Standing in the corner of my son’s room is a surfboard. Every time I look at it, it reminds me of an adventure that began a few years ago.
I was born in Poland, in a small town by the sea. Every time a strong wind appeared, my friends and I took our air mattresses outside and pretended that we were surfing. I always wanted to surf, but unfortunately Poland doesn’t have any good surfing conditions because the Baltic Sea doesn’t spoil us with nice curved waves.
Fortunately, we settled in Ireland and here we learned one amazing thing. Ireland is actually one of the greatest places to surf in the world!
Our surfing adventure started when Noel (alias ‘The Designer’) asked me if I wanted to take a surfing lesson with him in Lahinch. I told him that I didn’t know you could surf in Ireland. However, after watching a few you tube videos, I discovered that Ireland is not only a great place to surf, but the west coast is invaded by one of the largest waves in the world.
If you don’t believe me, check out this awesome video.
I was ready and so excited that I almost forgot that winter had just ended meaning we were in an early and cold time of spring.
Our adventure started in Lahinch which is a beautiful town located on the northwest coast of County Clare, situated very near to the most popular attraction in Ireland – The Cliffs of Moher. We decided to buy a training session with an instructor from the local surf school. I believe it cost 30 euro per person for a 2-3 hours session –a great price for value considering that it includes the rental of a surfboard and wet suit (that was a few years ago so it might be a little more expensive now, possibly around 35-40 euro per session).
When we arrived, beautiful weather welcomed us along with a friendly instructor. The instructor drove a tiny Nisan Micra adapted to carry a huge surfing board and he was actually tanned! I think it was the first time that I saw a tanned Irish person. You see them once in a while wandering through the west coast but it is a very rare sight.
We had a great time. The only challenge was the cold water which slipped into our wetsuits while we were getting into the water. If you try this, don’t worry, it warms up very fast and after a few minutes you are ready to go.
It usually takes one training session to learn how to stand on the board and around 10 hours of training to actually ride a broken wave. It took me much longer to ride my first unbroken wave, but it was worth waiting for! The reward is just indescribable.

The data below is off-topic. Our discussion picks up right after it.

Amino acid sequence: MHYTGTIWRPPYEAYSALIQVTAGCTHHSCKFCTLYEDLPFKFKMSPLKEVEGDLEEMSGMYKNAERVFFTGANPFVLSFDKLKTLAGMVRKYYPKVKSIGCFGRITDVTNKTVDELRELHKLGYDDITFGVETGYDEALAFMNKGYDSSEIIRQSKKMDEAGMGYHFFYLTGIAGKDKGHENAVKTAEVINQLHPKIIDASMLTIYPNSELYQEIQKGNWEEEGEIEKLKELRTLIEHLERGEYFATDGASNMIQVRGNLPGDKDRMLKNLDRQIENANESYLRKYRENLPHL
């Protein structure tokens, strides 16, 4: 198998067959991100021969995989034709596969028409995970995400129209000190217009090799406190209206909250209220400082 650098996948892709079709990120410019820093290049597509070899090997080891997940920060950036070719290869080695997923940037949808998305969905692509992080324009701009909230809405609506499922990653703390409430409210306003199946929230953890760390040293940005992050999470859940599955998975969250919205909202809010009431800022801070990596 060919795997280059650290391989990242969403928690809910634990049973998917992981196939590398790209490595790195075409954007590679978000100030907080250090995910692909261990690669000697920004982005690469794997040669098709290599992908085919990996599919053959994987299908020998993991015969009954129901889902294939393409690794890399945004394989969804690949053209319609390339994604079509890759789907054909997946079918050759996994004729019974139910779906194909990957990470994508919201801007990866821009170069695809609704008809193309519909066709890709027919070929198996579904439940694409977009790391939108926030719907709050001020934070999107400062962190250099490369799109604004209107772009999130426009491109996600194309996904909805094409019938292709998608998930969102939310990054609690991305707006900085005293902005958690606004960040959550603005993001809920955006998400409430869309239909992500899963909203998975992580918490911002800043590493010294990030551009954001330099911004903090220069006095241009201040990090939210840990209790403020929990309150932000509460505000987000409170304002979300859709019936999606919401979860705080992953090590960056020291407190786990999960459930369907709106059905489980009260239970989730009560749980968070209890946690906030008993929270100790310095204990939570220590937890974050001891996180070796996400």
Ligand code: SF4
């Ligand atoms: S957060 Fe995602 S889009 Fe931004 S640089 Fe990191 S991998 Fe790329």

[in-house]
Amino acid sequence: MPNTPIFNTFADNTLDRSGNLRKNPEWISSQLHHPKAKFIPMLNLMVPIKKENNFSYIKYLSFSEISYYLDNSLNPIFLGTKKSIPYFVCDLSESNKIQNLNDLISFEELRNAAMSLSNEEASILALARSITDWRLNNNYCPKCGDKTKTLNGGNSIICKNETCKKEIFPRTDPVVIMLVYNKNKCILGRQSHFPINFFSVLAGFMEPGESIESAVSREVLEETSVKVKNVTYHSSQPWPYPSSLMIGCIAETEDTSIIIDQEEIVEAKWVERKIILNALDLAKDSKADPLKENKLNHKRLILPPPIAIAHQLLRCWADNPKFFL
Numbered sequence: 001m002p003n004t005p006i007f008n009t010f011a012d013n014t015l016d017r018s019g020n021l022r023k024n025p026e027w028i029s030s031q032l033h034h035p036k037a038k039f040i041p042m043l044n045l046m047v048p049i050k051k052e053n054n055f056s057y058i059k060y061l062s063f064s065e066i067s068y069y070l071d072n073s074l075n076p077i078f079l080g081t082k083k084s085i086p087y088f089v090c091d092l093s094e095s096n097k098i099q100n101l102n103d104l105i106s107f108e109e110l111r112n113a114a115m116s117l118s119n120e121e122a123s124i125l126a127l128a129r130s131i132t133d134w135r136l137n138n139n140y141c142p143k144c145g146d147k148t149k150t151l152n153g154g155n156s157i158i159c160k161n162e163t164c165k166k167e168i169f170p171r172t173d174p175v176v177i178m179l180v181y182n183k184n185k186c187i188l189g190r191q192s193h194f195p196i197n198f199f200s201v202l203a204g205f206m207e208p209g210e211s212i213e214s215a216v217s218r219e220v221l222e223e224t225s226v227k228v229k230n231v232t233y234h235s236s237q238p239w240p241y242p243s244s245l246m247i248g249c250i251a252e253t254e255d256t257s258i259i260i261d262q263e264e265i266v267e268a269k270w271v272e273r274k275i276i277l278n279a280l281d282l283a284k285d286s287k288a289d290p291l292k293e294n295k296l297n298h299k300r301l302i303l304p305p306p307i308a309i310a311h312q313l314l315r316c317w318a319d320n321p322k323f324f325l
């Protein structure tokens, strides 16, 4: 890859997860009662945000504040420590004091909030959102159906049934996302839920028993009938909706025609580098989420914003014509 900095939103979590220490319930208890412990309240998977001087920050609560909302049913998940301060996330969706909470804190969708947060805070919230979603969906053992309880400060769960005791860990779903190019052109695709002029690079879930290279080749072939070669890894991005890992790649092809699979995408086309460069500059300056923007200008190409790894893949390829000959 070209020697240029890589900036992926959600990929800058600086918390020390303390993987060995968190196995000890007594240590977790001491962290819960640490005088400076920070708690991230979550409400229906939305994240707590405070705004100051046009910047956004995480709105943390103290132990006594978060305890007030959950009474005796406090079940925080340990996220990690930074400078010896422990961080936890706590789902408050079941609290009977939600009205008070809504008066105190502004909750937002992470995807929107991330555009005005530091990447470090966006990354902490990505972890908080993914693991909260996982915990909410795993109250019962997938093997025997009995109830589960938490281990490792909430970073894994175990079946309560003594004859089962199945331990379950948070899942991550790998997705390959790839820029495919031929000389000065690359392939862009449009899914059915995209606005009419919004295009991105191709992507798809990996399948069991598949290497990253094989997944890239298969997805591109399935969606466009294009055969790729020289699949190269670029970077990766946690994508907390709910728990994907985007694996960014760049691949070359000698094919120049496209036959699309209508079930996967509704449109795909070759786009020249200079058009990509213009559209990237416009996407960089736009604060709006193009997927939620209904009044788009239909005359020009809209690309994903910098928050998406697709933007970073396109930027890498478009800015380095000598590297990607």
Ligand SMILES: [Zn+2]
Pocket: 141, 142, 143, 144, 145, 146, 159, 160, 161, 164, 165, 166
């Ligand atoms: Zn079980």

After a couple of months we decided to continue improving our skills and we signed-up for a 3 days surfing camp in Bundoran. The camp was led by one of the best ‘Big Wave Rider’s’ in Ireland, Ritchie Fitzgerald. For 160 euro per person we received three surf sessions with a team of professional instructors (including surfing guru Richie), a beach run and warm up, 1 yoga and surf fitness class and one surfing techniques class. The price also included two night’s accommodation, two breakfasts and all equipment rentals if you didn’t have your own (the price might be different now but if you are interested go to this page http://www.surfworld.ie/).
We had a really great time and we definitely improved our skills though we still can’t call ourselves ‘Wave Riders.’ Ritchie and his team are really awesome!
So far we have surfed in four places: Lahinch, which is my favourite, The Spanish Point, Bundoran and Tramore (where the oldest Irish Surfing Club is located). The best conditions for beginners are in spring and summer. The largest waves invade Ireland in late autumn, winter and early spring.
Surfing in Ireland is a great activity and an awesome opportunity to spend time with friends and family while admiring an extraordinary Irish Coastline. If you fall in love with surfing, you can actually surf all year round, even during cold winter days. Just don’t forget to wrap yourself up in a warm wetsuit (at least 3/5 mm) before you go.